“[Marshall's] basketball IQ is very, very good and he sees the floor well,” says Stefanski of the North Carolina product.

On Lillard, the former Nets’ and Sixers’ GM focused on an entirely different set of qualities.

“He’s a tough kid – he competes,” says Stefanski. “He comes from a smaller school than these other guys and I think that’s part of his competition and his willingness to work hard.”

That’s not to say that Marshall isn’t tough, nor does it suggest that Lillard isn’t a smart basketball player. It does, however, speak to the difficulties of the whole draft process, particularly when agents typically don’t allow for one-on-one workouts between similarly-projected players.

For example, Marshall appeared in an afternoon session against lower-rated prospects like Devoe Joseph, while Lillard’s workout saw him fly solo.

While they didn’t go up against one another on Tuesday (in a literal sense, anyway), they are both battling heavy scrutiny over perceived areas of weakness through the draft workout process.

For Marshall, the Toronto stop marked his first workout coming off a wrist injury that was actually revealed to be an elbow injury.

“I fractured my elbow as well,” acknowledges Marshall. “The doctors never looked at it until about three weeks ago, so it was a late development. I wish I could’ve started my rehab earlier, but thankfully it’s not something that would’ve took surgery, so it’s just a matter of time.”

The 20-year-old isn’t in denial about the effects of the injury, but he is encouraged by its early progress and believes that he should be ready to go sooner rather than later.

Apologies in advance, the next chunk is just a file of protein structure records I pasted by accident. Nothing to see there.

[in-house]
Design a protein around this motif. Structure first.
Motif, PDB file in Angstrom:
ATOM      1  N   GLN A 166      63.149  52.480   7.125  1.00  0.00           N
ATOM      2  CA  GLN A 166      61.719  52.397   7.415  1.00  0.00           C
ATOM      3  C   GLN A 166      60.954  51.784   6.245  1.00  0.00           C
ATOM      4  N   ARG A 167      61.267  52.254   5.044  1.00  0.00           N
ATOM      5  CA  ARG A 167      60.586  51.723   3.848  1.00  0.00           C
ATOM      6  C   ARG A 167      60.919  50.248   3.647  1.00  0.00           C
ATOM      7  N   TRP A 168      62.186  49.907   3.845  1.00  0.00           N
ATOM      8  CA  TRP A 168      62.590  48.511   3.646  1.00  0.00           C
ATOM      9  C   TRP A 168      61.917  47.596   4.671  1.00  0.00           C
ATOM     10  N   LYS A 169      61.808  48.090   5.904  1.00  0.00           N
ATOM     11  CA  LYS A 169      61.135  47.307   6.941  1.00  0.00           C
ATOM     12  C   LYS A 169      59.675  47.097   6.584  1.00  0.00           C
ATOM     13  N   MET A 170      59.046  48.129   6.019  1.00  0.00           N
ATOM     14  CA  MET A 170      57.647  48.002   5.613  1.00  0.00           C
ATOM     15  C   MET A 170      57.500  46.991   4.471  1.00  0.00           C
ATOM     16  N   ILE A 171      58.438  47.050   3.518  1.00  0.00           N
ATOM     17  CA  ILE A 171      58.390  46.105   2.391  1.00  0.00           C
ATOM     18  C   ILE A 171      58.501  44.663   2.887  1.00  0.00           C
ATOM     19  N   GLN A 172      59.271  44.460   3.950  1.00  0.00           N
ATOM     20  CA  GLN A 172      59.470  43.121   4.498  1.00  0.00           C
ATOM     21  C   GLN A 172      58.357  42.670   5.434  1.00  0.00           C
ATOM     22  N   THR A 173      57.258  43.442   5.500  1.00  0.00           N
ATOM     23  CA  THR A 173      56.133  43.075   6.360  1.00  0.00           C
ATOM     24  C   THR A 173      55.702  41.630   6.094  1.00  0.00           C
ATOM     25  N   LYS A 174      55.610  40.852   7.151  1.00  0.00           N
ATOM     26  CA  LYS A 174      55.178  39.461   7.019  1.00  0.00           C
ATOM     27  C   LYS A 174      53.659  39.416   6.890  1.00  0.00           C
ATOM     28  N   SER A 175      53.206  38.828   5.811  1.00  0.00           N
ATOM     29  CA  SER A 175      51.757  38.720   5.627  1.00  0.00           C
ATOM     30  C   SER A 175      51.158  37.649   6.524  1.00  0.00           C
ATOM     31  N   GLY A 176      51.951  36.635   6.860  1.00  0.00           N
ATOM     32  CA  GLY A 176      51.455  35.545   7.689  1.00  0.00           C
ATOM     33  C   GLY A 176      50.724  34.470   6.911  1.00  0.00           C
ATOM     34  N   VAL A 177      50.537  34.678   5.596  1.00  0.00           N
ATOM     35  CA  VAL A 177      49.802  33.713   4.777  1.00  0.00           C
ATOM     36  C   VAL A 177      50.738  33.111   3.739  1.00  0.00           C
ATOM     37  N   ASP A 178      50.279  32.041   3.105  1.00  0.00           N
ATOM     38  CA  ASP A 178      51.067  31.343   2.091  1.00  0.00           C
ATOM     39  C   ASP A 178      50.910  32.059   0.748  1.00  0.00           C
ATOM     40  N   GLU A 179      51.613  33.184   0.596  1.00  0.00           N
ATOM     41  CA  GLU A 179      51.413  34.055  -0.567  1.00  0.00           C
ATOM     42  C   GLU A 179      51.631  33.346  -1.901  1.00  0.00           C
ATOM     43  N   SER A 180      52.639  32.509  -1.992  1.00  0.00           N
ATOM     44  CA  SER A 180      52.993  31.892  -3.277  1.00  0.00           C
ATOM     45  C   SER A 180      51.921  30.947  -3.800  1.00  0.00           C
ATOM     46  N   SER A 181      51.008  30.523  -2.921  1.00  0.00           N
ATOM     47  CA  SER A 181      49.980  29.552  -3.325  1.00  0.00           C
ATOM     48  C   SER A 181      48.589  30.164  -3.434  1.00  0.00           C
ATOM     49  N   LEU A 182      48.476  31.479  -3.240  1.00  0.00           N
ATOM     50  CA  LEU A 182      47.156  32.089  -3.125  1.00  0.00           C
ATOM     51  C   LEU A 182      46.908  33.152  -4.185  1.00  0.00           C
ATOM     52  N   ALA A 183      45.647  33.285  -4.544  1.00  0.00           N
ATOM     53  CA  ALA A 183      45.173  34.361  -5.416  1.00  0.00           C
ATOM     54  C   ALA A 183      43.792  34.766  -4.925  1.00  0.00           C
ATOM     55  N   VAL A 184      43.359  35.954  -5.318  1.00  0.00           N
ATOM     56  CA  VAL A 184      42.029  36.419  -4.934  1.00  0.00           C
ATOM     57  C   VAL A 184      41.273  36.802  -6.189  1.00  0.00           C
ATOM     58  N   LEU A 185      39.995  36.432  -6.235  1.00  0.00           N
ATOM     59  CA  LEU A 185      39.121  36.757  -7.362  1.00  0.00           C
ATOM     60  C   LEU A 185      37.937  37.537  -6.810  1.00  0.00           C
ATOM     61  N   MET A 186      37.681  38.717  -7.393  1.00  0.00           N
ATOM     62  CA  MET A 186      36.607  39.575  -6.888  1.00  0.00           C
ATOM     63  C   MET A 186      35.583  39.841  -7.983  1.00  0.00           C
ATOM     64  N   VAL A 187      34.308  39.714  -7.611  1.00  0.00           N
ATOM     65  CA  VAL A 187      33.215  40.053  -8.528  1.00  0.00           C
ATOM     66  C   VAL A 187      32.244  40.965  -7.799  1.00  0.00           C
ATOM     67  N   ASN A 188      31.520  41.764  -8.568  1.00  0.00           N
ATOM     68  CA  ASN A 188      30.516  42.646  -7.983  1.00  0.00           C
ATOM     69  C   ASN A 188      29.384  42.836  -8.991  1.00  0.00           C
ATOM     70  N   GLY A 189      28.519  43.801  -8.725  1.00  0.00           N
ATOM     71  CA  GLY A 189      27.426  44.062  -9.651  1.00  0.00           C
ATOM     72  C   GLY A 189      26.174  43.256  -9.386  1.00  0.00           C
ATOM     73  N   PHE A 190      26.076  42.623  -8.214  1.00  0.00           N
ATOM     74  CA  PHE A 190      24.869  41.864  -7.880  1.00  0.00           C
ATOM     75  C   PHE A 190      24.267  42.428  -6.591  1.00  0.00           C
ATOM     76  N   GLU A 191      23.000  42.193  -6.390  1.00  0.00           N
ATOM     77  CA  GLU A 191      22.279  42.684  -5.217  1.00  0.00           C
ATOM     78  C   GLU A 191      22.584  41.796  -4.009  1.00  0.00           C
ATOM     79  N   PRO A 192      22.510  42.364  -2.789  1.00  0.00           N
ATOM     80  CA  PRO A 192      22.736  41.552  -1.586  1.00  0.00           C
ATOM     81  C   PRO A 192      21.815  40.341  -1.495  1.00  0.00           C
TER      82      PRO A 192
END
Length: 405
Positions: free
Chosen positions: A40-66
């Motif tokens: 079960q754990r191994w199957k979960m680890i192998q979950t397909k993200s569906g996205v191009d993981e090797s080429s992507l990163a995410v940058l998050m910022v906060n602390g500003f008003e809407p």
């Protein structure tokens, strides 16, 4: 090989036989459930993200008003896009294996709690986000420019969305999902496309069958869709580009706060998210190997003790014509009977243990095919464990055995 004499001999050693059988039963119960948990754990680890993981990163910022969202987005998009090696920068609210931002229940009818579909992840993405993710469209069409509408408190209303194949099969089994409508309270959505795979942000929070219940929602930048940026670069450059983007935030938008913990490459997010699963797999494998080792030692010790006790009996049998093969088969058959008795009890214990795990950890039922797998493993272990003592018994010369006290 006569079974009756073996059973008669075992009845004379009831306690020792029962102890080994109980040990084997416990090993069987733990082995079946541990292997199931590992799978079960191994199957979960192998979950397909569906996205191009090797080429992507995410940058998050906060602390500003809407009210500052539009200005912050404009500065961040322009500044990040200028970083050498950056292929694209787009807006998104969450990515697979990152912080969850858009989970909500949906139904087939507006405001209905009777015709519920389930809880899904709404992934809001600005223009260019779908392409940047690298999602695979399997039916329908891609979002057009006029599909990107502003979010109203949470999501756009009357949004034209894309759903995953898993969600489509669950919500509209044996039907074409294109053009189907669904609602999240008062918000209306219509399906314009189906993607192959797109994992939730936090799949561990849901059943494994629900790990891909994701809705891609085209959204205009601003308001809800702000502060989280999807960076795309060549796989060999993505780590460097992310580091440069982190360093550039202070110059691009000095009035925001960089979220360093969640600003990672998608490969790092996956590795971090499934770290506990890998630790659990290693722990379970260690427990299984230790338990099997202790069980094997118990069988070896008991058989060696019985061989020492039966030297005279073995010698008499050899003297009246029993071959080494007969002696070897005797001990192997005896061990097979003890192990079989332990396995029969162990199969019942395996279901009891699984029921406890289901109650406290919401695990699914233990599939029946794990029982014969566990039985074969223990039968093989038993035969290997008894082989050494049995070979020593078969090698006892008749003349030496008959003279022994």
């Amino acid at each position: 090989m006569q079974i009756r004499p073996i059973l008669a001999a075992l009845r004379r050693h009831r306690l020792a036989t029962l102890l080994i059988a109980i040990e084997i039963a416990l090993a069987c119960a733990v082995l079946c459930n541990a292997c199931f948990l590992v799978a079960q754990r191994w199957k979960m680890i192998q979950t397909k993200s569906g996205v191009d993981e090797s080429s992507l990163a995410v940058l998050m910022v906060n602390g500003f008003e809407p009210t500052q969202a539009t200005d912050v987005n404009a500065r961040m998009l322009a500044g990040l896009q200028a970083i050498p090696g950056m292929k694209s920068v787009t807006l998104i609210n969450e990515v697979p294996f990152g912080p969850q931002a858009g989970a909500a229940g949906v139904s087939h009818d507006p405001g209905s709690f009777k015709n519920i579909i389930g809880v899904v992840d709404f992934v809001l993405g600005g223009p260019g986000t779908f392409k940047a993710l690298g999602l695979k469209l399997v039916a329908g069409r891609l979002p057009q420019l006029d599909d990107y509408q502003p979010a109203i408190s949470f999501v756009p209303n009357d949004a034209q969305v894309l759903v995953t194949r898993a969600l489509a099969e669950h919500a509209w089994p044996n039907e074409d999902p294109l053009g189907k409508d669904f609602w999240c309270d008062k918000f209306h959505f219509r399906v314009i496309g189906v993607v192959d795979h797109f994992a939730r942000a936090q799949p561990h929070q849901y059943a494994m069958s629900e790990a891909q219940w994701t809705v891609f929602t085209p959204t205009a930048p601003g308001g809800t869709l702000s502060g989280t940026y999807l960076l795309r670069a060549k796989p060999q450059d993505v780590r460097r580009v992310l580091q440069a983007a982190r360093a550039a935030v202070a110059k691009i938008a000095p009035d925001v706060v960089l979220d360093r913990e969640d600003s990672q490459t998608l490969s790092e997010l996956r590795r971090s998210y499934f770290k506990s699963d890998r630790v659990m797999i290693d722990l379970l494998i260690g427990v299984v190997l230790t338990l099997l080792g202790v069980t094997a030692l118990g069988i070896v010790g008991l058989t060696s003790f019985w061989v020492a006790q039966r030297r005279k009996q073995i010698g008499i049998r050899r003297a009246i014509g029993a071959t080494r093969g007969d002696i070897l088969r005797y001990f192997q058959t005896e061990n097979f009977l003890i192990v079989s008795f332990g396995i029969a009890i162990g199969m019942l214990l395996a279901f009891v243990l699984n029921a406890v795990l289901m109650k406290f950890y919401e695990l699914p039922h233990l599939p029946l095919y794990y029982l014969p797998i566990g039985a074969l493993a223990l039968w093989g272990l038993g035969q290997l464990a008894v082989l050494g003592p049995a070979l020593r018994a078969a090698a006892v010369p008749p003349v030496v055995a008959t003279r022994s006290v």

“It felt pretty good,” replies Marshall when asked about the arm after Tuesday’s workout. “Obviously there’s still some soreness, some pain, but I’m able to get through it. My conditioning isn’t where I want it to be, but it’s still at a good level so I’m excited about moving forward from here.”

For Lillard, it’s a question of competition – specifically how the level of competition he faced at Weber State will translate in the pros. The Wildcats, after all, went 14-2 in the notoriously weak Big Sky Conference last season before dropping the Conference championship 85-66 to Montana. Although, to be fair, the loss can’t be blamed on the 22-year-old, who tallied 29 points, 10 rebounds and seven assists in the game.

While Marshall played with three other potential lottery picks (Harrison Barnes, John Henson and Tyler Zeller), Lillard feels that he was able to develop a multifaceted game by being a do-it-all player. He does, however, acknowledge that it’ll be nice to take a slightly scaled back role on a more balanced NBA club.

“That’s something I’m looking forward to,” Lillard admits,” not having a huge responsibility and having to carry a team. I can show off other parts of my game.”

With no point guard expected to go in the top five and only two likely to be lottery picks come June 28, the ‘one’ isn’t exactly a strong position heading into the deep 2012 draft. No wonder, then, that the two top players at the position both face significant unresolved questions.

How Marshall and Lillard answer those questions will speak volumes of their maturity and preparation as NBA players.